Skip to navigation | Skip to main content | Skip to footer
Menu
Menu

COMP14112 Fundamentals of Artificial Intelligence syllabus 2019-2020

COMP14112 materials

COMP14112 Fundamentals of Artificial Intelligence

Level 1
Credits: 10
Enrolled students: pending

Course lecturer: not assignedAdditional staff: view all staff

Requisites

  • Pre-Requisite (Compulsory): COMP16121
  • Co-Requisite (Compulsory): COMP11120

Additional requirements

  • Students who are not from the School of Computer Science must have permission from both Computer Science and their home School to enrol.

Assessment methods

  • 65% Written exam
  • 10% Coursework
  • 25% Practical skills assessment

Overview

The course teaches some of the fundamental techniques used currently in Artificial Intelligence: primarily how to represent knowledge and recognise patters in a probabilistic fashion.

Aims

The course introduces the study of Artificial Intelligence (AI) for students in all course streams. It is designed to stand alone as an introduction to AI, but also to provide a background for more advanced study. The course presents AI from a probabilistic viewpoint, and is centred around two specific problems: (i) robot localization; (ii) speech understanding. The lectures will present the main theoretical ideas needed to tackle these problems; the examples classes will re-inforce these through paper-and-pencil exercises, and the labs will involve the development of programs to solve them. There will be one hour of lectures and one hour of examples classes each week, as well as five two-hour lab sessions over the semester.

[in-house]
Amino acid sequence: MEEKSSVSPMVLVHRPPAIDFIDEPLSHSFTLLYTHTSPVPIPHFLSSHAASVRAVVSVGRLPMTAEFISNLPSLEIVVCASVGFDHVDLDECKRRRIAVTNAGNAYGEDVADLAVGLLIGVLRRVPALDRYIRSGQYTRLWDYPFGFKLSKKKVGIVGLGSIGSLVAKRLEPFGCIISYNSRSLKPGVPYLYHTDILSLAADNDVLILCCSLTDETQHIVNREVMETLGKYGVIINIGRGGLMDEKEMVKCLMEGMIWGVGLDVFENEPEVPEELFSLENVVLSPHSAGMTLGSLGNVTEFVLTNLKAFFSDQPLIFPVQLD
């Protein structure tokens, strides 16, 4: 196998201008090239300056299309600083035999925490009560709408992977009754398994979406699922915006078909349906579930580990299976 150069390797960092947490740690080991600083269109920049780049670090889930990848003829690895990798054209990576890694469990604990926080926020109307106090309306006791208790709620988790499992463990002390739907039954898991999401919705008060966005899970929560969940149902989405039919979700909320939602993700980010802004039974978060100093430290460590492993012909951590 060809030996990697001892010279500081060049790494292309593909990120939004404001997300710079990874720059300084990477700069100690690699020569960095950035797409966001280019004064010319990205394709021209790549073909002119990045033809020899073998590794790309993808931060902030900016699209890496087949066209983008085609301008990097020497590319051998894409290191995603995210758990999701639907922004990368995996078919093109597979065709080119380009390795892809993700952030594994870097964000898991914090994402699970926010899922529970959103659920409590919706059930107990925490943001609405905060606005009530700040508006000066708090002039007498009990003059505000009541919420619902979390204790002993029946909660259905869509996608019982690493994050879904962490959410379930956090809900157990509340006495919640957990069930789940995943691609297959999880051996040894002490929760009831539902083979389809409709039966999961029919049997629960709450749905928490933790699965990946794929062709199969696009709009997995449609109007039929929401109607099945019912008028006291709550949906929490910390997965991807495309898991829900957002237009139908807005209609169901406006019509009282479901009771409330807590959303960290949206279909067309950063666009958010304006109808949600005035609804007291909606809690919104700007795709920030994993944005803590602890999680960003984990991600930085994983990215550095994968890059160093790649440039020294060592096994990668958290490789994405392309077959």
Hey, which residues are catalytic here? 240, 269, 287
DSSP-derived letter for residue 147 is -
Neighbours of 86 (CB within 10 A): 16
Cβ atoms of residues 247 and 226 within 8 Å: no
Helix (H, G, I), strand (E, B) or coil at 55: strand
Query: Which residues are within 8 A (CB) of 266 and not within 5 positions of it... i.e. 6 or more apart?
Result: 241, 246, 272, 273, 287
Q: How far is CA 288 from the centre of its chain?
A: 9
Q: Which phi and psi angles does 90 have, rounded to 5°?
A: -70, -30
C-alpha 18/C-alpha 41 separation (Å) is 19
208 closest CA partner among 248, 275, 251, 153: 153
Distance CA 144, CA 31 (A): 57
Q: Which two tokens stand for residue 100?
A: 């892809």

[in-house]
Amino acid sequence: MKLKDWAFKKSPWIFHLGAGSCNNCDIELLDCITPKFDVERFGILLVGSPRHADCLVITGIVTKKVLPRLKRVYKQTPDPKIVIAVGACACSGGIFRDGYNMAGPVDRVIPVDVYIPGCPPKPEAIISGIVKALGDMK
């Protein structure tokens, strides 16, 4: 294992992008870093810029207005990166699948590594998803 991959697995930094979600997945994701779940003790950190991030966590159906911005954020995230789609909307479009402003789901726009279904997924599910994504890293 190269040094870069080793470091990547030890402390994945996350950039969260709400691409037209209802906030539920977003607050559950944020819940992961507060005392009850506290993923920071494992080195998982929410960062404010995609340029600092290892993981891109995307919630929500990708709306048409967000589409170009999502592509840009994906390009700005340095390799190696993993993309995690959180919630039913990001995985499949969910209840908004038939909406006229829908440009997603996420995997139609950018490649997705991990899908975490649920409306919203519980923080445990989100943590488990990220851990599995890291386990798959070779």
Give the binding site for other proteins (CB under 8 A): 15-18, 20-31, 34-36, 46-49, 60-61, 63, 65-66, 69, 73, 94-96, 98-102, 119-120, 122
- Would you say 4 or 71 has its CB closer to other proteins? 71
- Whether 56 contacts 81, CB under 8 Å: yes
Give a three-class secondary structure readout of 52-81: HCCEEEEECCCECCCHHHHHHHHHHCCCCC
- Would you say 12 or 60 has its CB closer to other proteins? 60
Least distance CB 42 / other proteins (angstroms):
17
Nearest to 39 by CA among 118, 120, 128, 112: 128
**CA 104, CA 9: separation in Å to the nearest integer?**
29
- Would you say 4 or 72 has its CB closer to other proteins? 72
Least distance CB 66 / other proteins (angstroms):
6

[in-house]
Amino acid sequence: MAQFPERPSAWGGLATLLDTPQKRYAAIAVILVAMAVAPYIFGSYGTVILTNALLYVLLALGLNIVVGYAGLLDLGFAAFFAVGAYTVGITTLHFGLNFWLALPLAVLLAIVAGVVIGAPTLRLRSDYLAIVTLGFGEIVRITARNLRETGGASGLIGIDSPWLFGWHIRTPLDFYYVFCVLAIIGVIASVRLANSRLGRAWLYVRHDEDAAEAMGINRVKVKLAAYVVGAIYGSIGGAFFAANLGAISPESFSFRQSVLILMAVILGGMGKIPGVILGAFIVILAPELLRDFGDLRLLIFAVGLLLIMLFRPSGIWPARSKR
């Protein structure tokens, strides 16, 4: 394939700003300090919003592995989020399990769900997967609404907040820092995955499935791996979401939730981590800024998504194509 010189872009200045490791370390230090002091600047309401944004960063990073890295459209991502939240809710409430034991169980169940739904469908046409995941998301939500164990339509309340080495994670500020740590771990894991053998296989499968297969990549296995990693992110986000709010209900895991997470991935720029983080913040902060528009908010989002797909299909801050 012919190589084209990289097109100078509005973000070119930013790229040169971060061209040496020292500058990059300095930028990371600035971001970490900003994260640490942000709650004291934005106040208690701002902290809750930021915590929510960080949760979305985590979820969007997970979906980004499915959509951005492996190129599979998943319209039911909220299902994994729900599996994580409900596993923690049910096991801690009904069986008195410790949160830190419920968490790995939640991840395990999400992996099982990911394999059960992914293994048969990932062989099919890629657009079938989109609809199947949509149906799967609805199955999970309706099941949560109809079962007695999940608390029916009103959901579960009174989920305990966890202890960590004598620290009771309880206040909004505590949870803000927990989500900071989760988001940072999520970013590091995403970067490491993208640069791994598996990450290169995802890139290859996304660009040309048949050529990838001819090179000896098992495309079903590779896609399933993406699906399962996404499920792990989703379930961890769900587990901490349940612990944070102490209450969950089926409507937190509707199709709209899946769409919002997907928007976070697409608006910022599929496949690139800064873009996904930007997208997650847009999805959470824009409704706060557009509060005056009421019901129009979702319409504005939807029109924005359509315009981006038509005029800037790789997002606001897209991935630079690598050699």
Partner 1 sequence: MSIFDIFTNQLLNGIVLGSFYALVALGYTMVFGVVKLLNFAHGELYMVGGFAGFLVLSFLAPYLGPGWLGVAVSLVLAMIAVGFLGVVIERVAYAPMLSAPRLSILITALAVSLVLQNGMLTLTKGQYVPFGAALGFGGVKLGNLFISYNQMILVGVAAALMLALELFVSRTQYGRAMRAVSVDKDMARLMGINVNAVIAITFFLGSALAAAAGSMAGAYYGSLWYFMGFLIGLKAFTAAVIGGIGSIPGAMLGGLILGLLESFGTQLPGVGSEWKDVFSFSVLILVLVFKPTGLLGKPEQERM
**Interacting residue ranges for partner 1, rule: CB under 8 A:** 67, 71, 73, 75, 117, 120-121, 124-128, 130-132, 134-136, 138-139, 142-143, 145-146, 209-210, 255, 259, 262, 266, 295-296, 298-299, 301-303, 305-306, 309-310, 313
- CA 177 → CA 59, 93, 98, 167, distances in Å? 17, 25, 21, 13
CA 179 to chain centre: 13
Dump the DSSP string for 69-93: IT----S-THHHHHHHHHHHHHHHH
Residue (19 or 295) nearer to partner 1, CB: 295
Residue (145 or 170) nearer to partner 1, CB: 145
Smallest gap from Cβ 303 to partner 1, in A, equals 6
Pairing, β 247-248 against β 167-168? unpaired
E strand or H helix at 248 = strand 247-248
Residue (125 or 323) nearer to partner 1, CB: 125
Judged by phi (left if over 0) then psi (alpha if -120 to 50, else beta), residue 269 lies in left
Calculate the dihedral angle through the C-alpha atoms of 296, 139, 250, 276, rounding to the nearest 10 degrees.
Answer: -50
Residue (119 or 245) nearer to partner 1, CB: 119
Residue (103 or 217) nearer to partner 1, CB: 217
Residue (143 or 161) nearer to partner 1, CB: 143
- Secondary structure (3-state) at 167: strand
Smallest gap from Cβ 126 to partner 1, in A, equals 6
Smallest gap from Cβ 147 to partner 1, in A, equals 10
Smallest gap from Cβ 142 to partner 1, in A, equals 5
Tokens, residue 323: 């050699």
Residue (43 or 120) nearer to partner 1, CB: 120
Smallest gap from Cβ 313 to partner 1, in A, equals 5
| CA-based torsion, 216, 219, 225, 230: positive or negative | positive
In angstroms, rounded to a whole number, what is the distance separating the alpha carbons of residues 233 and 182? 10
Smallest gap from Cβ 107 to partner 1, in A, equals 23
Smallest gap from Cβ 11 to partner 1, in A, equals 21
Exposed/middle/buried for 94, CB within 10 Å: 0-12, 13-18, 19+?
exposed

Syllabus

  • Overview of Artificial Intelligence (1)
  • Probability and the problem of robot localization (2)
  • Foundations and limitations of probabilistic reasoning (1)
  • Catch-up/revision (1)
  • Introduction to speech processing and recognition (1)
  • Feature extraction for speech and building a simple feature-based classifier (1)
  • Introduction to Hidden Markov models (1)
  • Inference, learning and classification with hidden Markov models (2)
  • The role of probabilistic and non-probabilistic reasoning in other AI applications (1)

Examples classes will mirror the syllabus Laboratory exercises:

  • 1.1 Robot localization
  • 1.2 Robot localization
  • 2.1 Speech processing
  • 2.2 Speech processing
  • 2.3D Speech processing

Teaching methods

Lectures

11 in total, 1 per week

Examples classes

11 in total, 1 per week

Laboratories

10 hours in total, 5 2-hour sessions

Feedback methods

Coursework is marked during laboratory sessions by demonstrators in person.

Study hours

  • Assessment written exam (2 hours)
  • Lectures (11 hours)
  • Practical classes & workshops (21 hours)

Employability skills

  • Analytical skills
  • Innovation/creativity
  • Project management
  • Oral communication
  • Problem solving

Learning outcomes

On successful completion of this unit, a student will be able to:

Learning outcomes are detailed on the COMP14112 course unit syllabus page on the School of Computer Science's website for current students.

Reading list

COMP14112 does not have a specified reading list.

Additional notes

Course unit materials

Links to course unit teaching materials can be found on the School of Computer Science website for current students.